MP3: It's Only Rock and Roll and The Kids Are Alright
As Chuck D of Public Enemy says, Napster and other such networks are not pirating machines. Napster is radio. Fans will continue to download cheap or free music, and will probably continue to buy CDs if record companies cut their prices and offer value like documentation, design, arrangement and convenience at a reasonable price. The Beach Boys' Pet Sounds is Pet Sounds because it is a complete masterly document, not a collection of digital signals. Despite Dr. Dre's complaints about Napster, his new album is a major hit. Free MP3s have not kept it from crossing the Sam Goody counters.
I spend about $60 per month on CDs over and above any "free" music I download. I download to taste, not to replace. That's common behavior among digital music fans. I have a CD burner, which I use to make mix discs for lectures and parties. But I have yet to assemble an entire replacement album from MP3s. That would be a supreme waste of time. I usually spend no more than $10 per CD because I buy used and from an online music club. Once every six months or so, I pay retail, usually for something brand-new. And my students have not stopped buying CDs either. They are, however, choosier about what they buy.
Of course, not every user of MP3s or distribution networks is a good-hearted fan, or even a driven revolutionary out to overturn the commercial-music industry. There just might be a whole lot of excessive copying going on. But no one seems to know how many CD sales abusive Napster users are costing record companies. Sometimes the Recording Industry Association of America tries to provide evidence of sales losses attributable to MP3, but their research is unpersuasive. Is every downloaded song a potential CD sale? Every dozen songs? What if I hate the song I listened to? The fact is, there is no way to measure accurately the financial impact of MP3 use. And some evidence suggests its effect on CD sales is just as likely to be positive as negative.
A recent study filed in court by the plaintiffs in the case against Napster seemed to indicate that Napster had hurt CD sales among college students, the most visible users of the service because they have access to high-speed Ethernet connections in their dormitories and computer labs. The report, released by the digital-rights management company Reciprocal, examined sales from 2,099 record stores located within one mile of 3,454 US campuses. Those stores experienced a 7 percent drop in sales between a 1998 peak and early 2000. Interestingly, the study considered more than two years of sales data, even though Napster has been out only since last August. What difference could pre-Napster sales make in this debate? If sales dropped before online swapping began, then there must have been some other cause for such a decline: price hikes, online sales, pickier buying habits or just plain aversion to Ricky Martin, perhaps.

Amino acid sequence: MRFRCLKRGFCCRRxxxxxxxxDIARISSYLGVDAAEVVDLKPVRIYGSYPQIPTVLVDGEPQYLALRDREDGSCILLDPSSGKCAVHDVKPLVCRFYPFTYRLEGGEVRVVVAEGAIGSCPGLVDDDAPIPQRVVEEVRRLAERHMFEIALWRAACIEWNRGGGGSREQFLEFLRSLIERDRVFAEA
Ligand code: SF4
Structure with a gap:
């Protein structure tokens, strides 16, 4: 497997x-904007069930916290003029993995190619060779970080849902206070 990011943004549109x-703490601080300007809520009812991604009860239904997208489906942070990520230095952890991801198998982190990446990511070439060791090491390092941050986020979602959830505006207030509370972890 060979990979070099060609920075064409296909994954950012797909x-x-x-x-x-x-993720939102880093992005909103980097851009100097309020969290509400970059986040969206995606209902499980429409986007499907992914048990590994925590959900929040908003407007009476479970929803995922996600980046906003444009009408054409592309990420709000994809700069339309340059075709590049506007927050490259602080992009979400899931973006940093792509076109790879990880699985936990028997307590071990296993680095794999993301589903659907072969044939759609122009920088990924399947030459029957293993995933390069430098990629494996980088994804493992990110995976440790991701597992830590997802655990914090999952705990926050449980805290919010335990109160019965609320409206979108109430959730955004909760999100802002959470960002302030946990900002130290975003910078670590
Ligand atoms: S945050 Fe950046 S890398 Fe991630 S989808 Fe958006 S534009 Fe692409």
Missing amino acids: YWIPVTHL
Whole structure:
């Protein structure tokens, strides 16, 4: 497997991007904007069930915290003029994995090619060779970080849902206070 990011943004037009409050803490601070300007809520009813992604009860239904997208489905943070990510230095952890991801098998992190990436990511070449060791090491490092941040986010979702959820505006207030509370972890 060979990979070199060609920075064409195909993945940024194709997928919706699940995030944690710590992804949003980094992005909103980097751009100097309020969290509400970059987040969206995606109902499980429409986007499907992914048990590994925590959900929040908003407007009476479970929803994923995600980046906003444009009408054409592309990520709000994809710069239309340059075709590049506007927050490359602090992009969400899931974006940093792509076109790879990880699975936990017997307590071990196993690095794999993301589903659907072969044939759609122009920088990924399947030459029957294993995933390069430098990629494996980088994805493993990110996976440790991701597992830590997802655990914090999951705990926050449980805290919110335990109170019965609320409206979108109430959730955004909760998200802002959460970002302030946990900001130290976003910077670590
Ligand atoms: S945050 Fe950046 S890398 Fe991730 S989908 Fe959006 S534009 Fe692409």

Plus, the standard industry sales tracking service, Soundscan, does not count sales at small, independent record stores that do not subscribe to it. Most important, college students are big users of online CD merchants like EveryCD.com. Online sales did not show up in this survey. Perhaps students are buying less from the stores down the street, which do not offer discounts and charge sales tax, and buying more from tax-free web CD services. As it turns out, better studies suggest that college students are actually a minority of Napster users. Most Napster users are over 30.
Approaching the issue from a different direction, there is reason to believe that the proliferation of MP3s helps the CD business: Other Soundscan-based studies show that CD sales were up 7 percent in the first quarter of 2000 compared with the first quarter of 1999. In the midst of its price-fixing fiasco, the music industry would rather not confront the possible positive marketing effects of MP3s.
When Napster's lawyers filed briefs July 3 in federal court arguing against a request for an injunction against the service, they included a new study by Peter Fader, a professor at the Wharton School of Business at the University of Pennsylvania. Fader's surveys of Napster users show that they most often use the service to try out new tunes to decide which CDs to buy. He argues that Napster is a great boon to the CD industry, and sales figures seem to support that assertion.
On the other hand, Chuck D of Public Enemy, the most visible pro-MP3 recording figure, predicts slow but steady death for the CD and for major labels. He envisions a world of small, independent websites offering free digital music. Emerging and marginal artists would not suffer so much under this system. Communities, not major synergistic media companies, would control the marketing efforts.